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Madam, I trust, not so.
What's your highness' pleasure ?
Mar. Yes, gracious madam.
Mar. Not in deed, madam ; for I can do nothing,
Sovereign of Egypt, hail !
Alex. Last thing he did, dear queen,
1 And BURGONET of men.] A “ burgonet” was a kind of helmet : by “arm” in the preceding line is probably to be understood weapon.
2 BROAD-FRONTED Cæsar,] The allusion here is not to the“ bald head" of Julius Cæsar, as all editors have imagined, and one after another repeated, but to the grand breadth of the forehead of Cæsar, as represented in his busts.
He kiss'd,—the last of many doubled kisses,-
Cleo. Mine ear must pluck it thence.
Good friend, quoth he,
What! was he sad, or merry ? Alex. Like to the time o' the year between the extremes Of hot and cold: he was nor sad, nor merry.
Cleo. Oh well-divided disposition !-Note him,
Alex. Ay, madam, twenty several messengers.
Who's born that day,
3 And soberly did mount an arm-Girt steed,] “ Arm-gaunt" is the epithet applied to Antony's steed in the old copies; but it is amended to “arm-girt" in
" the corr. fo. 1632, which accords with Sir T. Hanmer's suggestion : “arm-girt” is, of course, girded with armour. The change proposed in the next line but one, viz. boastfully for “beastly,” is not to be admitted so readily, inasmuch as “ beastly" is perfectly intelligible, although boastfully (which may easily be pronounced in the time of a dissyllable) seems to afford a much superior sense in reference to the “ high and boastful neighs " of a war-horse. Still we make no alteration, though we do not for a moment admit the applicability of the Rev. Mr. Dyce's quotations, merely because they happen to contain the word “ beastly." He generally appears to fancy that a passage must be apposite, if he can but find in it the word in dispute, however differently employed. · Dumb’d” is printed dumbe in the folios, but Theobald properly amended it to "dumb’d," and in “ Pericles,” A. v. to dumb, is used by Gower as a verb.
* So does it no MAN else.] The folio, 1623, “no man's else :” corrected in the folio, 1632. “ So” is here used as in a previous passage (p. 145) for as-" So Antony loves."
Welcome, my good Alexas.—Did I, Charmian,
Oh, that brave Cæsar!
The valiant Cæsar !
By your most gracious pardon,
My sallad days,
ACT II.' SCENE I.
Messina. A Room in POMPEY's House.
Enter POMPEY, MENECRATES, and MENAS.
Know, worthy Pompey,
Pom. Whiles we are suitors to their throne, decays
We, ignorant of ourselves,
I shall do well :
cold in blood,] Boswell would make these words apply to Cleopatra, as if she had been “cold in blood” when she was young, and was hot in blood now she had grown older : "cold in blood” is clearly addressed to Charmian, by way of reproof, and so Warburton considered, varying judiciously from the old punctuation, which affords, not only a tame and spiritless, but an inconsistent meaning.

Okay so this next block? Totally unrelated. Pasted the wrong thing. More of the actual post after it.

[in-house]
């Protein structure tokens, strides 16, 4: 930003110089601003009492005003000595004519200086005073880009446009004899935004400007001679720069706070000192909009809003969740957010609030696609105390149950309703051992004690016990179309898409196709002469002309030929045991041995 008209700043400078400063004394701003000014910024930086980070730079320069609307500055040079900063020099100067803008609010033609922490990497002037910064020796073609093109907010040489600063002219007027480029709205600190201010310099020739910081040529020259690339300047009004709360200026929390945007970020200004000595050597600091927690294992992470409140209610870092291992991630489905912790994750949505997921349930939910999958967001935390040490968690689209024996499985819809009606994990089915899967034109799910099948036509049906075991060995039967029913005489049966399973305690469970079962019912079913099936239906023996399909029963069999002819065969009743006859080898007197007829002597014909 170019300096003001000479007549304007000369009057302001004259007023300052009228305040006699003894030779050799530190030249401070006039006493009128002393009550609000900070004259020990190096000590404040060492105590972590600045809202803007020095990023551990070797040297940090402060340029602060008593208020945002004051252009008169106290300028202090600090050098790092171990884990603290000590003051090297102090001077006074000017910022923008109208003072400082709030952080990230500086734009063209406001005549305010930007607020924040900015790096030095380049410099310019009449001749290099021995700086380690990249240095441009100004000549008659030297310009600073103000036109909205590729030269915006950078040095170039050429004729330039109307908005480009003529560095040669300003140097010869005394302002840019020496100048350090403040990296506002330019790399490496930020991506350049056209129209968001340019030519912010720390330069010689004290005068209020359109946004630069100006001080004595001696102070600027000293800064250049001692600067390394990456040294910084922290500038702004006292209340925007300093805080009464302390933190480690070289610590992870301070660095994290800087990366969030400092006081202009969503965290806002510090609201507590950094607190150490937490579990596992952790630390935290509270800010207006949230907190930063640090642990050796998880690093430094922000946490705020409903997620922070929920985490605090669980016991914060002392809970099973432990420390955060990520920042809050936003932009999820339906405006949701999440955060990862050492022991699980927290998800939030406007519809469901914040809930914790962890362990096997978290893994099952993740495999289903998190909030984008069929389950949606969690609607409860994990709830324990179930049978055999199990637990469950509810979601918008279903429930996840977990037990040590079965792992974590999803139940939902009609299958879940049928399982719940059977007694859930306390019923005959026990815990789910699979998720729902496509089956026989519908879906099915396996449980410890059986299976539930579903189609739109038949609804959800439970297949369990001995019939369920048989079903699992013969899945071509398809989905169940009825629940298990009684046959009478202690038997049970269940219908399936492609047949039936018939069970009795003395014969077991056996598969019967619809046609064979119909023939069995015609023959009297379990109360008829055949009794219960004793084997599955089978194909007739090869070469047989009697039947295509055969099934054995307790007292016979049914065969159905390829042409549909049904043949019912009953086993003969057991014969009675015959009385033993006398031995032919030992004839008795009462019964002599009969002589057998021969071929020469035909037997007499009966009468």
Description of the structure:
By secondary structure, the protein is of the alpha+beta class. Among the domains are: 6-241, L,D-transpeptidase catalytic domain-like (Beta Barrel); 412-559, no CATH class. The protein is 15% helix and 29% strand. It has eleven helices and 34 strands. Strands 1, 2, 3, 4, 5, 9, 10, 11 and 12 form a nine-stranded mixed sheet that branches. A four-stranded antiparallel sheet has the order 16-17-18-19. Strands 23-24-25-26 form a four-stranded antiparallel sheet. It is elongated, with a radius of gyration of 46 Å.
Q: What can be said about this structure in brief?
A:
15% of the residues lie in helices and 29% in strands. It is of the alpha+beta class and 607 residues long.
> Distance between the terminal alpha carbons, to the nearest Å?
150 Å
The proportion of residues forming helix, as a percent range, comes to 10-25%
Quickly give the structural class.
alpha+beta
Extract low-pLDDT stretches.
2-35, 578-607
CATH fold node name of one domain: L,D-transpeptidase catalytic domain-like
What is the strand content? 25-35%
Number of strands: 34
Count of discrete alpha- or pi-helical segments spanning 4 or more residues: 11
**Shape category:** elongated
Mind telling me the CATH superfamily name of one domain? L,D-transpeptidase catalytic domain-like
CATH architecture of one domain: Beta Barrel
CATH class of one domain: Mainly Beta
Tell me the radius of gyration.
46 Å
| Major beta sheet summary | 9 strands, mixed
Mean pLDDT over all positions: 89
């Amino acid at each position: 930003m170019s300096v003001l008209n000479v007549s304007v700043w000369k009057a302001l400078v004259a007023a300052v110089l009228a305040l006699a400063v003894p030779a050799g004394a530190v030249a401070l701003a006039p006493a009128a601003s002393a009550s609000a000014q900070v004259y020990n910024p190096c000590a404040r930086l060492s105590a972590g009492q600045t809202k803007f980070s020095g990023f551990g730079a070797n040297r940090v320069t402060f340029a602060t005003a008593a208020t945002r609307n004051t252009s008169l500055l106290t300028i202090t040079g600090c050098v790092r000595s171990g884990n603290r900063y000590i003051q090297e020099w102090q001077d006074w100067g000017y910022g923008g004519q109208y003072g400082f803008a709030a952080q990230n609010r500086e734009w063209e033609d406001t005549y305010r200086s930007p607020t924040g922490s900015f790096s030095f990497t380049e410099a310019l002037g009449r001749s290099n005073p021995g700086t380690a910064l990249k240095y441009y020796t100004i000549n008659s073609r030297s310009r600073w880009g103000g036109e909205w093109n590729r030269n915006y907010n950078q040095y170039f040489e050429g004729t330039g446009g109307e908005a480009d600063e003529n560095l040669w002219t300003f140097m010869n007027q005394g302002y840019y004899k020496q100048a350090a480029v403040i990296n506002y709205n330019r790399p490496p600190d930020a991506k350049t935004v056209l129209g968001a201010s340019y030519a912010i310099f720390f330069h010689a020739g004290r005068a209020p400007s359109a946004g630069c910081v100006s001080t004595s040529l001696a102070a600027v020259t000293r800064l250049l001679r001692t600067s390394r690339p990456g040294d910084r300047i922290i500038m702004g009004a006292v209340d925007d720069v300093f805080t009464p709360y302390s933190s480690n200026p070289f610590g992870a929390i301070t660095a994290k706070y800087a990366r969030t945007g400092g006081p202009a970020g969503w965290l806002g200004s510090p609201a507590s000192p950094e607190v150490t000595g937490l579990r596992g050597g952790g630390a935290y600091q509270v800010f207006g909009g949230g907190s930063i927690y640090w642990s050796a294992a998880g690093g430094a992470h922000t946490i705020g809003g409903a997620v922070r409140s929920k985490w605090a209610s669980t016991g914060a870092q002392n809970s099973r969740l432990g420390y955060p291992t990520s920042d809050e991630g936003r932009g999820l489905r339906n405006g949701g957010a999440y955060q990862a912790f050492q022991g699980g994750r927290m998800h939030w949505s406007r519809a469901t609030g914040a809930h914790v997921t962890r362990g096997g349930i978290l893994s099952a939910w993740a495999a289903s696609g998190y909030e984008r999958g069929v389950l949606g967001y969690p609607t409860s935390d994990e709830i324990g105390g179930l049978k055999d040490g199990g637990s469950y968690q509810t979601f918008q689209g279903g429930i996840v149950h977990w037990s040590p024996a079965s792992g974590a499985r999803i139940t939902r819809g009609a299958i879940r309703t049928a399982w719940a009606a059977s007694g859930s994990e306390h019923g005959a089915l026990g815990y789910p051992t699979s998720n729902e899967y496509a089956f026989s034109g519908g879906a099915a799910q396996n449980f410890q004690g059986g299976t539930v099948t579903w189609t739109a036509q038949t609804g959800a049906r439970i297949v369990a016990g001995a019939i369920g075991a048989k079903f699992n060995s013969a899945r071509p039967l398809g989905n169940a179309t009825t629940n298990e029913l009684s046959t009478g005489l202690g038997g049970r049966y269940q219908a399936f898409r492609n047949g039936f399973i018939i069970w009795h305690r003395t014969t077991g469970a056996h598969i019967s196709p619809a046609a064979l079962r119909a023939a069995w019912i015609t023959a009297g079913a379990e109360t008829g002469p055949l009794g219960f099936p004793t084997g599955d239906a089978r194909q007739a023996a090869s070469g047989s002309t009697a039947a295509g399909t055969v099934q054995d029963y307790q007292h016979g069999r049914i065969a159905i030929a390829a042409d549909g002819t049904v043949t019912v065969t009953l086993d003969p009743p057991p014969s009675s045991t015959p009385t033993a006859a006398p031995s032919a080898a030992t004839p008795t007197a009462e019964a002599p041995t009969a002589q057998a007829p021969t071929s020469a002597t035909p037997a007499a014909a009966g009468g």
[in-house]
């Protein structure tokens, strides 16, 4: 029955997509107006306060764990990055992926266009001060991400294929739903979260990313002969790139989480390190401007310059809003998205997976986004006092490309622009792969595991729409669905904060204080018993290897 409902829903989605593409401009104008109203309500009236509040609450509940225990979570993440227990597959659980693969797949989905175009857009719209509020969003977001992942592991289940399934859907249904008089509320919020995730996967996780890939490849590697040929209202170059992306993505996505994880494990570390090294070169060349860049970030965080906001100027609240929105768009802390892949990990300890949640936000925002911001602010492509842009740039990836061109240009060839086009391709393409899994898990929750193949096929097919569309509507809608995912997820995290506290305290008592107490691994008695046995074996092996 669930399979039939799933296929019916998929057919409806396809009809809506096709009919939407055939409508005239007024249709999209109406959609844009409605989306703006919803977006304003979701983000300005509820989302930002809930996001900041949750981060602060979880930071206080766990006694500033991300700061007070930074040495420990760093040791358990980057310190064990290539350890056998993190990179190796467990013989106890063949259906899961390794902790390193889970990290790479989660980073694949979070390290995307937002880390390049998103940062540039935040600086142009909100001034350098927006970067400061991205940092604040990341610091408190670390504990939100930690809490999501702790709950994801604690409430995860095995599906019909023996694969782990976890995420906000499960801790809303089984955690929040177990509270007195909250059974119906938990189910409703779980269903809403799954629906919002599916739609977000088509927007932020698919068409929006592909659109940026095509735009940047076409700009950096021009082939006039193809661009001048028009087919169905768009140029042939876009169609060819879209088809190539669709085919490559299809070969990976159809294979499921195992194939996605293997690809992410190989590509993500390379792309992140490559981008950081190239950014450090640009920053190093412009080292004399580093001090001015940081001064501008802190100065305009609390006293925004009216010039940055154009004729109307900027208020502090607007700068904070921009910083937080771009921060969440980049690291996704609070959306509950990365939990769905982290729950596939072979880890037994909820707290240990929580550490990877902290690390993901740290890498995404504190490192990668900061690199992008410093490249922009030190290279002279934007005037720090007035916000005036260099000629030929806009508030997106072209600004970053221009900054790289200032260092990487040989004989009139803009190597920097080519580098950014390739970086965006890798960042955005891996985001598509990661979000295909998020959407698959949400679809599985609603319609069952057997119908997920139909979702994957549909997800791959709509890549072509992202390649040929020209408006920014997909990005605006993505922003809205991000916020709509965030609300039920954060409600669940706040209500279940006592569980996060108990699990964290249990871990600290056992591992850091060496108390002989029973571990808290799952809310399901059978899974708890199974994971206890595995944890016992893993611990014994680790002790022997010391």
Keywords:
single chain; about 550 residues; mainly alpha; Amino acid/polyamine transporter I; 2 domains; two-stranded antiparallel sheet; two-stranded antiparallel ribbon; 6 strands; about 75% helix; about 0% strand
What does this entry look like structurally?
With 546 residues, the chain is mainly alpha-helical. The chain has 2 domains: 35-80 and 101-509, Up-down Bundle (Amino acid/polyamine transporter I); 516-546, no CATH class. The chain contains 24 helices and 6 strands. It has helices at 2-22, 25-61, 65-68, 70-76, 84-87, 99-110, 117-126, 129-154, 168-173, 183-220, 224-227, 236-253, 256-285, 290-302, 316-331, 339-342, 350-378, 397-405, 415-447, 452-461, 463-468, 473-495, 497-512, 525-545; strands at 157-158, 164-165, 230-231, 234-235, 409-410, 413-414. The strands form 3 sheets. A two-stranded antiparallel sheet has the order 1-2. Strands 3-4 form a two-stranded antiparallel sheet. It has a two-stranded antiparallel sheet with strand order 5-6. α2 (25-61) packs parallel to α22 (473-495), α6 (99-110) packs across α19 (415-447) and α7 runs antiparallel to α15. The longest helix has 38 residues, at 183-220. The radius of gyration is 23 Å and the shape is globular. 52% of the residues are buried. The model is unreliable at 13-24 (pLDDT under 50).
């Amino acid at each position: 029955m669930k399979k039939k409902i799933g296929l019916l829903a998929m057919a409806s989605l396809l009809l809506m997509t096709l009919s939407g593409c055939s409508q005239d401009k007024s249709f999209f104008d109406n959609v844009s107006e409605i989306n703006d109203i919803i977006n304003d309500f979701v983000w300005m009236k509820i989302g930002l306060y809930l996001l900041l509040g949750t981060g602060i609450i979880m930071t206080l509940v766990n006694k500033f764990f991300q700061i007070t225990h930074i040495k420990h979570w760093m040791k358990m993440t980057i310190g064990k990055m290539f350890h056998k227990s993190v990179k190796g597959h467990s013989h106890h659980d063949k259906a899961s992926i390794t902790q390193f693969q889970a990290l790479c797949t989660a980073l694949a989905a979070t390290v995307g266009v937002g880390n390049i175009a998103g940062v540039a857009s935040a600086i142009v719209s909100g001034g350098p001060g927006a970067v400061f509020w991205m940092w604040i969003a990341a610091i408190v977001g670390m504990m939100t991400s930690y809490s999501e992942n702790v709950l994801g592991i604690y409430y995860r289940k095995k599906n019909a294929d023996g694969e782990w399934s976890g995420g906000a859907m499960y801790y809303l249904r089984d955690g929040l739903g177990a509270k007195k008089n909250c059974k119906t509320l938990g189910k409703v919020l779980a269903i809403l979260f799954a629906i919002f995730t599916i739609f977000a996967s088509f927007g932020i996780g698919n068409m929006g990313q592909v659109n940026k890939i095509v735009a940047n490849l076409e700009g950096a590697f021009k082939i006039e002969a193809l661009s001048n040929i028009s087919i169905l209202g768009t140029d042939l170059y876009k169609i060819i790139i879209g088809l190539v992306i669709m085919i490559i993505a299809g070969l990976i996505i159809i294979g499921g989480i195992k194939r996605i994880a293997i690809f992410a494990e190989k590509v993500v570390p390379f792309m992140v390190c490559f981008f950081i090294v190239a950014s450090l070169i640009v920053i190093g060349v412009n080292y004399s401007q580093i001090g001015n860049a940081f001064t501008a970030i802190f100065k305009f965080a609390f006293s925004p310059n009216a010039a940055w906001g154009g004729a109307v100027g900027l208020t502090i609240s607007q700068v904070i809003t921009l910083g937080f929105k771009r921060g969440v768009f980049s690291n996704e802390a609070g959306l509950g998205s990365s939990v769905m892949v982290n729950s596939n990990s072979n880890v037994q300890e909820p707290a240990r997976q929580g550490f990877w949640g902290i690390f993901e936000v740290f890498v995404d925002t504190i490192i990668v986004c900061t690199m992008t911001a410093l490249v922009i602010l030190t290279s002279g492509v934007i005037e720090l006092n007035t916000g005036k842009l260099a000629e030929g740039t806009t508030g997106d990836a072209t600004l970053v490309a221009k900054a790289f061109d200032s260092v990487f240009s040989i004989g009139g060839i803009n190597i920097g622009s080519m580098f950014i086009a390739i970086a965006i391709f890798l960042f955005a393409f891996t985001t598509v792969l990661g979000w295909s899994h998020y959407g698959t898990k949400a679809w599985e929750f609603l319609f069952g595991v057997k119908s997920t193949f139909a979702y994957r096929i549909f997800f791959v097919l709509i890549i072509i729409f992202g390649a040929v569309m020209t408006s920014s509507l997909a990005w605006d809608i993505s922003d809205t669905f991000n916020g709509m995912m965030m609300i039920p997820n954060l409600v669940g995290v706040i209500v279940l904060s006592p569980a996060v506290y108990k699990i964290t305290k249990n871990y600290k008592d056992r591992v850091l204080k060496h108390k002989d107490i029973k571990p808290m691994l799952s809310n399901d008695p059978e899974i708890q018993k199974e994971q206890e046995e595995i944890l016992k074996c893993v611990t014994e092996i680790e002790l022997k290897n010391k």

The people love me, and the sea is mine;
Cæsar and Lepidus
Pom. Where have you this ? 'tis false.
From Silvius, sir.
Var. This is most certain that I shall deliver.
I could have given less matter
6 My powers ARE crescent,] Every old copy has “are crescent,” which modern editors arbitrarily and injudiciously change to " a crescent:" thus we say, the moon is crescent, and will come to the full.
? Salt Cleopatra, soften thy wan'd lip!) The corr. fo. 1632 has warm for “wan'd” of the folio, 1623, which ought probably to be taken as waned, i. e. a lip that is in the wane. Warm is unquestionably to be rejected; and the next line but one the same authority alters thus :
“ Lay up the libertine in a flood of feasts;" but we do not feel warranted in deserting the old editions, although it is true that in “Othello,” A. i. sc. 1, we have seen “ Laying " misprinted Tying, as here “ Lay" may have been misprinted Tie. As to “ field of feasts,” we bardly know what is to be understood by the expression, but "flood of feasts” seems almost equally objectionable, though intelligible: however, if any part of this play, as published, were derived from short-hand notes, “ field ” and flood would be spelt with the same letters, and hence possibly the confusion. On the whole, we think it safest to leave the text as it has stood since the appearance of the first folio, excepting that, with Malone, we change wand to “ wan’d.”
A better ear.-Menas, I did not think,
I cannot hope,
I know not, Menas,
Rome. A Room in the House of LEPIDUS.
Enter ENOBARBUS and LEPIDUS.
Lep. Good Enobarbus, 'tis a worthy deed,
8 His brother WARR'd upon him,] Misprinted “wan'd upon him " in the folio, 1623; but “warr'd upon him” in the folio, 1632.
they should SQUARE] i. e. Quarrel : see "Midsummer-Night's Dream,” A. ii. sc. I, Vol. i.
199. In one of the Earl of Leicester's Letters, Harl. MS. No. 285, fo. 66, we read, " How thinges haue bredde this lytle square between these two so well affected princes, I cannott tell.”
It only stands Our lives upon,] Meaning, “it concerns our lives." In “ Richard II." (Vol. iii. p. 259), the expression, “ It stands your grace upon," means it depends upon your grace; and elsewhere the same idiom occurs with the same import.